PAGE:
Adult adoptions are more common than you think. In all 50 states, it's legal for two or more consenting adults to form a new parent-child relationship through adoption. In two-thirds of states, you don't even have to be older than the son or daughter you are adopting (Arizona has the most restrictive law, only allowing adult adoptions for adoptees who are between 18 and 21).
The U.S. doesn't keep tabs on how many adult adoptions occur, but in 2013 the president and CEO of the National Council for Adoption told the Houston Press, that "dozens occur annually." That's a drop in the bucket compared to the 135,000 children adopted in the U.S. each year, but the number seems to be rising.
The most common reason for adult adoption is when a stepparent wants to legally adopt a stepchild who is over 18. Randall Hicks, an adoption attorney in Southern California, says that with child adoptions, a stepparent has to get permission from the child's biological parent. That's not the case with adult adoptions.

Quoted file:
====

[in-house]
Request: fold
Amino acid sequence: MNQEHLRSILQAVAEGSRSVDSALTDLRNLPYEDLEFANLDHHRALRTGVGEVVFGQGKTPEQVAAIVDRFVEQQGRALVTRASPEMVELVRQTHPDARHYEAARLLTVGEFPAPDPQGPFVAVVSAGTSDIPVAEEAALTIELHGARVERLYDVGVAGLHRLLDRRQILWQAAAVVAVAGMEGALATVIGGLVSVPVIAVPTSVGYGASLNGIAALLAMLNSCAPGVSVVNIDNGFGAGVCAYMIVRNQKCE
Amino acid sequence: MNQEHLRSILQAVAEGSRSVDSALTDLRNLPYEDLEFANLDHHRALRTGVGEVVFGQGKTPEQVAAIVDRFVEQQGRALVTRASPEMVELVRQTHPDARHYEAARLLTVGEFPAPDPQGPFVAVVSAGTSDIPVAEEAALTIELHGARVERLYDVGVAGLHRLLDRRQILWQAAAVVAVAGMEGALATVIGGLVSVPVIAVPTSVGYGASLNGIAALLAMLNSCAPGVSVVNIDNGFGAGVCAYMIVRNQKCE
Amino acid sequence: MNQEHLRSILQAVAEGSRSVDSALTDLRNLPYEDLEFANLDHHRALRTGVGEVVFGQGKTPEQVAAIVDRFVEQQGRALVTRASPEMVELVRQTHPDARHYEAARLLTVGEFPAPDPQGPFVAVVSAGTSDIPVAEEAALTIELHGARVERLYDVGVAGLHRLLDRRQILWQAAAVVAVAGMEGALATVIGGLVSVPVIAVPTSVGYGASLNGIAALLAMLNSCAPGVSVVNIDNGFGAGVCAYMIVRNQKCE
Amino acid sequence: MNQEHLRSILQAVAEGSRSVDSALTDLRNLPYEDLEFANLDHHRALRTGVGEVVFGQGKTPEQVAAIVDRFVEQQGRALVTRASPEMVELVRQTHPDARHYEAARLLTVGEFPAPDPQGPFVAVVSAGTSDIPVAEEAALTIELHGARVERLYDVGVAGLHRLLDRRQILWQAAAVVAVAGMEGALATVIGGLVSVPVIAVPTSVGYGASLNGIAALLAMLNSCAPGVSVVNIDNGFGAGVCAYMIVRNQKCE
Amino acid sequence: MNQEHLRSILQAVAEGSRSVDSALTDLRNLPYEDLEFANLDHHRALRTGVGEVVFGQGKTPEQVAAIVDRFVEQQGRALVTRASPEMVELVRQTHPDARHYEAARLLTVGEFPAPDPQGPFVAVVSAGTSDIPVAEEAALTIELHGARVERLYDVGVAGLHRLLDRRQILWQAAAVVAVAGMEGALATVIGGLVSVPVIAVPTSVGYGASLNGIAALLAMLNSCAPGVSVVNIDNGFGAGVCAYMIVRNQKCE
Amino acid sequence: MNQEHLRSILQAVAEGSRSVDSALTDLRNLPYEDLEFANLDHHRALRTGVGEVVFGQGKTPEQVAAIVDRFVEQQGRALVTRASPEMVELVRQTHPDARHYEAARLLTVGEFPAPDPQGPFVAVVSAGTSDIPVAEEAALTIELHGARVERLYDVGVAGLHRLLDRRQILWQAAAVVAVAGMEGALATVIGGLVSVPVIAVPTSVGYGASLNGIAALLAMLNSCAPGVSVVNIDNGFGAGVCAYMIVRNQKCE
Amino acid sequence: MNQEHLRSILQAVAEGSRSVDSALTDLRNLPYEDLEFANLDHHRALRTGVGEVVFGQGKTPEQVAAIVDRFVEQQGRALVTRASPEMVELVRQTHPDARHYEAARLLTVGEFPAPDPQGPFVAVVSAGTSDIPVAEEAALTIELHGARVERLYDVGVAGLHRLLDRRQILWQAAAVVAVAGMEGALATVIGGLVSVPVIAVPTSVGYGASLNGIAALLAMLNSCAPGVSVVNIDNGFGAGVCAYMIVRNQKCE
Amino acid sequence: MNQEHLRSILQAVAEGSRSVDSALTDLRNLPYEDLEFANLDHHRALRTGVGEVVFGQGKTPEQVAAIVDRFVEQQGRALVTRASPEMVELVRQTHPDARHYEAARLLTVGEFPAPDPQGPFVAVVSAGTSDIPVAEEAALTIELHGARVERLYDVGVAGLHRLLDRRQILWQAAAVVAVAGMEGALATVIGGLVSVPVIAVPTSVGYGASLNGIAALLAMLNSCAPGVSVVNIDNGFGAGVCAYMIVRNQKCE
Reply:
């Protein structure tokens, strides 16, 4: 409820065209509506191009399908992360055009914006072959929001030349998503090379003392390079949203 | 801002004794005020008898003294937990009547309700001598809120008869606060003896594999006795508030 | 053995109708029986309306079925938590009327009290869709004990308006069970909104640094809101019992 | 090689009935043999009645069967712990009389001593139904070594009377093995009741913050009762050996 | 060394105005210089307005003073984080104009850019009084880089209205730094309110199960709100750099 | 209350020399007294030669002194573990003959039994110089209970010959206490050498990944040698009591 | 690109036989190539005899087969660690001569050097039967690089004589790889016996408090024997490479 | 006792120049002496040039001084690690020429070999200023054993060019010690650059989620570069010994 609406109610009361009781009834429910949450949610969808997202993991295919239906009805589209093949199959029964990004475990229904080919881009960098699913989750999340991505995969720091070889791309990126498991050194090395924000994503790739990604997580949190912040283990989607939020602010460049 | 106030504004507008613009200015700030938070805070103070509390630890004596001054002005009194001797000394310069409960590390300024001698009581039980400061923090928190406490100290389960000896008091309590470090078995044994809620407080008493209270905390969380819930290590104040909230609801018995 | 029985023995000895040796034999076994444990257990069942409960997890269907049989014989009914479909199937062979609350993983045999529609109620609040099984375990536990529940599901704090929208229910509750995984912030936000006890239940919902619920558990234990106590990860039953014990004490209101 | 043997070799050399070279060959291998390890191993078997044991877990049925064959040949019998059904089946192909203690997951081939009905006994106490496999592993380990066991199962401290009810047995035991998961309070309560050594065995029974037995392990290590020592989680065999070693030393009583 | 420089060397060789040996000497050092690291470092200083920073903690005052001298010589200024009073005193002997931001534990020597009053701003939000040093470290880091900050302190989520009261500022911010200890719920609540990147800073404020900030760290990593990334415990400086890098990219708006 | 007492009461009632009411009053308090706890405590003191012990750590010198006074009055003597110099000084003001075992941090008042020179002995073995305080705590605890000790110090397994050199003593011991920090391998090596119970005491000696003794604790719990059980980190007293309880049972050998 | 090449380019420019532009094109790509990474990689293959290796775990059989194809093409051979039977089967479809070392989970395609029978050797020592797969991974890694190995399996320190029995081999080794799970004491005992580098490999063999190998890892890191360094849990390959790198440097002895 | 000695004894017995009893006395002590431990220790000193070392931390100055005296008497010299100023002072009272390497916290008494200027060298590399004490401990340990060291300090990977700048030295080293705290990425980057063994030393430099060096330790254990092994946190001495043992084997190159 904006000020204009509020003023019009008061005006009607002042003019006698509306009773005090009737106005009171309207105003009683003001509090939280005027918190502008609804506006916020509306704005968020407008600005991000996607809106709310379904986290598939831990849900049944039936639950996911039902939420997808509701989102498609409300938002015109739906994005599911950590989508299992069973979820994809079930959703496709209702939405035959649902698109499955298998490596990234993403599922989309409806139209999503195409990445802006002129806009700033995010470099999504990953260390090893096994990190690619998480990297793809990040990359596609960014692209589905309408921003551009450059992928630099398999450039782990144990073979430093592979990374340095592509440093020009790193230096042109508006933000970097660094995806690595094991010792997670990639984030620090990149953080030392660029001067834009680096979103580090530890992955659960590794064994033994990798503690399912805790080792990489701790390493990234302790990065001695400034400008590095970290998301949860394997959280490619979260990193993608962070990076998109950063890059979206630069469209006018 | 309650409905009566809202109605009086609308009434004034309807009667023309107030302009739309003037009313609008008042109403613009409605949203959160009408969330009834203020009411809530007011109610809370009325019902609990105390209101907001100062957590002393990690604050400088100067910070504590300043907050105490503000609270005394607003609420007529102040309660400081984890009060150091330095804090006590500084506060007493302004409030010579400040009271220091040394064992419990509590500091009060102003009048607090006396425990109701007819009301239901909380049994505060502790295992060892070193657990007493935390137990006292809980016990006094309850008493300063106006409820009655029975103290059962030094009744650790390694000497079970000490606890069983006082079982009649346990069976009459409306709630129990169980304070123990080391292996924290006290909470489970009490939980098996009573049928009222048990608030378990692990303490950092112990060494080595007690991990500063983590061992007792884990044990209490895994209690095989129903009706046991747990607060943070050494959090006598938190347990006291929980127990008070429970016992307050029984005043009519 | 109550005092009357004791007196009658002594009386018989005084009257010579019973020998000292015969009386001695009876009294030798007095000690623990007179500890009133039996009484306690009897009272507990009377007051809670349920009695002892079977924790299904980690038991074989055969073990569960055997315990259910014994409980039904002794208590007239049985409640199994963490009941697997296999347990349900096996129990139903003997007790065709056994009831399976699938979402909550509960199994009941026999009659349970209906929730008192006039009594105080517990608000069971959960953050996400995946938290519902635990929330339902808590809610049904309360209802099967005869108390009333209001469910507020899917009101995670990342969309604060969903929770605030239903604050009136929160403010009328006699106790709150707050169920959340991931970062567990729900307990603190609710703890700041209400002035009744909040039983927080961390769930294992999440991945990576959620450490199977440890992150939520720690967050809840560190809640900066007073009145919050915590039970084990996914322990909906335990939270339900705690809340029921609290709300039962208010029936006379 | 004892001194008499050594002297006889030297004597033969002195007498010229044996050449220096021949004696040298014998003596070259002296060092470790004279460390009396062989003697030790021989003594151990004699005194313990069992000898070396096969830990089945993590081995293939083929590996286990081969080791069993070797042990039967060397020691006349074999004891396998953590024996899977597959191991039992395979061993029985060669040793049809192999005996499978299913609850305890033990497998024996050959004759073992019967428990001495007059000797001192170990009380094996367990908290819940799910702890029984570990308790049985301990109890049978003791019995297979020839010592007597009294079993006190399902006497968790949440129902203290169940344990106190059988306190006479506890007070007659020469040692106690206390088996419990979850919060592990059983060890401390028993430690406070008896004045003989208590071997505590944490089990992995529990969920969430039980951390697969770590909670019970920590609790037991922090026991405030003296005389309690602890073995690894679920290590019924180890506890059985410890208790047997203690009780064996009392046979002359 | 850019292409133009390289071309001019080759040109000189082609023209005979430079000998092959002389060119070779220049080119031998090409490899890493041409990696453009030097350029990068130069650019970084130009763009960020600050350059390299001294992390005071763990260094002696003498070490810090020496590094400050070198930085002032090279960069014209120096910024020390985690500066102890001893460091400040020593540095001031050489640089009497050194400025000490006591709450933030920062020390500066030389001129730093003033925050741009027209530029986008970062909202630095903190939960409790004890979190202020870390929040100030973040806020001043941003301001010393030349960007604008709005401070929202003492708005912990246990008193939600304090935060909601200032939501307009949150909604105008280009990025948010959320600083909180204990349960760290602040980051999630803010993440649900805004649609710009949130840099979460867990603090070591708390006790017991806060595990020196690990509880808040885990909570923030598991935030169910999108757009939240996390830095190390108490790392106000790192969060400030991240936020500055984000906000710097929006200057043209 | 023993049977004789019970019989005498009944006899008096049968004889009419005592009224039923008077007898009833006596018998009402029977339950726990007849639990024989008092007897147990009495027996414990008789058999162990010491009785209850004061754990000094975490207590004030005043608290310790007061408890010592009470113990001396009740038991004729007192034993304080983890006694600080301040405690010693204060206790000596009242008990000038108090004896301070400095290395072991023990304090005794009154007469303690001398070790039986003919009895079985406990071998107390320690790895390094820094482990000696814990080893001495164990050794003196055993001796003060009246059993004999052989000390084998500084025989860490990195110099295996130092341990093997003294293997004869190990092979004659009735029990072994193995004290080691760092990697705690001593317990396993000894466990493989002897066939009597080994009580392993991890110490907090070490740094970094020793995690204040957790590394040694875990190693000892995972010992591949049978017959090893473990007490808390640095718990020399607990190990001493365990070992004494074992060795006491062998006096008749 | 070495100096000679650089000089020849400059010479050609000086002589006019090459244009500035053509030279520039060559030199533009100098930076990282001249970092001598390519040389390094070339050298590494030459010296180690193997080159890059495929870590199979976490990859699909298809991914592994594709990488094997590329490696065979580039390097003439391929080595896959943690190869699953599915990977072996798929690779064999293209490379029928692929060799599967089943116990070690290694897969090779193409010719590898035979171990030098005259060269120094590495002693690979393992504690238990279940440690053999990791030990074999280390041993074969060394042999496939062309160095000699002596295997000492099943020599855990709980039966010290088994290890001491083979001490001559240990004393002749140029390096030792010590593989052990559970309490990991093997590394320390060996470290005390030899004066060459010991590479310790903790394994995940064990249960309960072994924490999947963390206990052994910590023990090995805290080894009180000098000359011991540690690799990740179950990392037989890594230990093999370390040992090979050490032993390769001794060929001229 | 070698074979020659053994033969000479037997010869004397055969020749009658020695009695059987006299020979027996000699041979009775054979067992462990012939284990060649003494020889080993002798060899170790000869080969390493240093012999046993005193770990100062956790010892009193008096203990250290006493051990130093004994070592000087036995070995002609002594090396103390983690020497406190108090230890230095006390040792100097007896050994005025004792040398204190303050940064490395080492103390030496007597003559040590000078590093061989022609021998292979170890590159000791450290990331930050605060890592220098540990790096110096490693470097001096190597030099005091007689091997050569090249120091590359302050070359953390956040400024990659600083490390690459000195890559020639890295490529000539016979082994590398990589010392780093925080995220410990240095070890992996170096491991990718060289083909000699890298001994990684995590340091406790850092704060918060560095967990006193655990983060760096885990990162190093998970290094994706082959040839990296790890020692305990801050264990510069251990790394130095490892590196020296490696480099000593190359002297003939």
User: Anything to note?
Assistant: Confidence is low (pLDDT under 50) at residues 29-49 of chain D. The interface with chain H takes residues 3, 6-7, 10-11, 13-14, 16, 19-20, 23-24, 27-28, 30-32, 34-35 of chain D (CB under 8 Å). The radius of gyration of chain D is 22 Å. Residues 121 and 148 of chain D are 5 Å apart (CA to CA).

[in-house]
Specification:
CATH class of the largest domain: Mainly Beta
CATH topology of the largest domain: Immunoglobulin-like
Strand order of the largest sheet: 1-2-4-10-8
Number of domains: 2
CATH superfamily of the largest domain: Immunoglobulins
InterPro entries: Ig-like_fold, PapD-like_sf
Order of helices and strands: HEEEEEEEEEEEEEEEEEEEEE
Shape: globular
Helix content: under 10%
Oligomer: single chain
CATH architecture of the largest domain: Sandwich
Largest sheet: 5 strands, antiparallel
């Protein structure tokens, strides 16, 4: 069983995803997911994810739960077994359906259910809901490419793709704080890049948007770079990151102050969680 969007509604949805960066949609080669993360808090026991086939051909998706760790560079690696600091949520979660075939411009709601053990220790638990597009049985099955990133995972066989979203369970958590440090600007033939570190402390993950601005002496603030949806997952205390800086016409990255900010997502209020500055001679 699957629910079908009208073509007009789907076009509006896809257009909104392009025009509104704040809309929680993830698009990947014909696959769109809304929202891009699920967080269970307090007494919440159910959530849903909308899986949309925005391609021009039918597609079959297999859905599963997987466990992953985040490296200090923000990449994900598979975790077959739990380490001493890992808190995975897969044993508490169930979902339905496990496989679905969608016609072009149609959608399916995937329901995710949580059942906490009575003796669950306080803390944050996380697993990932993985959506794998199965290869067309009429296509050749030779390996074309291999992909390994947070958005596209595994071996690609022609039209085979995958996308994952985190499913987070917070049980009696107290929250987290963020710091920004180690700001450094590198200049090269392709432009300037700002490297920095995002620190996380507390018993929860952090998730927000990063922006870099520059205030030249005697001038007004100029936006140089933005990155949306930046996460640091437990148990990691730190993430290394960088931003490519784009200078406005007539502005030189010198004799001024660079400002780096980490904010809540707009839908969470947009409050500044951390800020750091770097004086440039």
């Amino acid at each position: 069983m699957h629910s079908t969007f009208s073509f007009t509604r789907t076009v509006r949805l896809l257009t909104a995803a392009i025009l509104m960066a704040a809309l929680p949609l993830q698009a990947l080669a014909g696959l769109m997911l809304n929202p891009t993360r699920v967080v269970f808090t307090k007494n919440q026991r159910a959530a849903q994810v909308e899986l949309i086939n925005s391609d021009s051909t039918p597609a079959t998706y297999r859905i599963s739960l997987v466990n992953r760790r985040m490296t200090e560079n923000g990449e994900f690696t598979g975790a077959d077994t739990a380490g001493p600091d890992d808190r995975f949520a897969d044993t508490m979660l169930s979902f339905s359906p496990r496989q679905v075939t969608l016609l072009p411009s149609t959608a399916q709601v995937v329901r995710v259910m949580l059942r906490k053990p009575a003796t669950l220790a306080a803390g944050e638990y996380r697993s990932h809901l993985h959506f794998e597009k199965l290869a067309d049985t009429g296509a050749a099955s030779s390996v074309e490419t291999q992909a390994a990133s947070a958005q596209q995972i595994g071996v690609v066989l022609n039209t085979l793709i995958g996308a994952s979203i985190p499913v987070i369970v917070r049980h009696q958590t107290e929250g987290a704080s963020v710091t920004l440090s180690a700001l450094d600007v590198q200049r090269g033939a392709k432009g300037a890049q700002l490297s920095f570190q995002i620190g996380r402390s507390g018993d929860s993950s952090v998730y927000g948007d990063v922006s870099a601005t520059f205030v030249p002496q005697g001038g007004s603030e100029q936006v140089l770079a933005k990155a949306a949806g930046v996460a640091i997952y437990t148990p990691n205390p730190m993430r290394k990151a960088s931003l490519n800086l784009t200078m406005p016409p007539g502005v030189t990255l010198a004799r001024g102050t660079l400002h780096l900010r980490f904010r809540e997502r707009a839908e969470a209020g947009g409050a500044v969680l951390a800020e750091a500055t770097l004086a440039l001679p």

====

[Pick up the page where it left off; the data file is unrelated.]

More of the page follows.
"If the biological father refuses to sign a consent and the adopting parent doesn't want to go to court to fight about it, he can just wait until the adoptee becomes 18 when they no longer need the absent parent's consent," says Hicks.
The process for an adult adoption is much faster and cheaper than child or newborn adoptions. There's no need for home inspections or interviews by state child welfare agencies, because the adoptee is an adult who is responsible for his or her own care. All that's required in most states is a petition for adoption signed by both parties along with a stated reason for the adoption.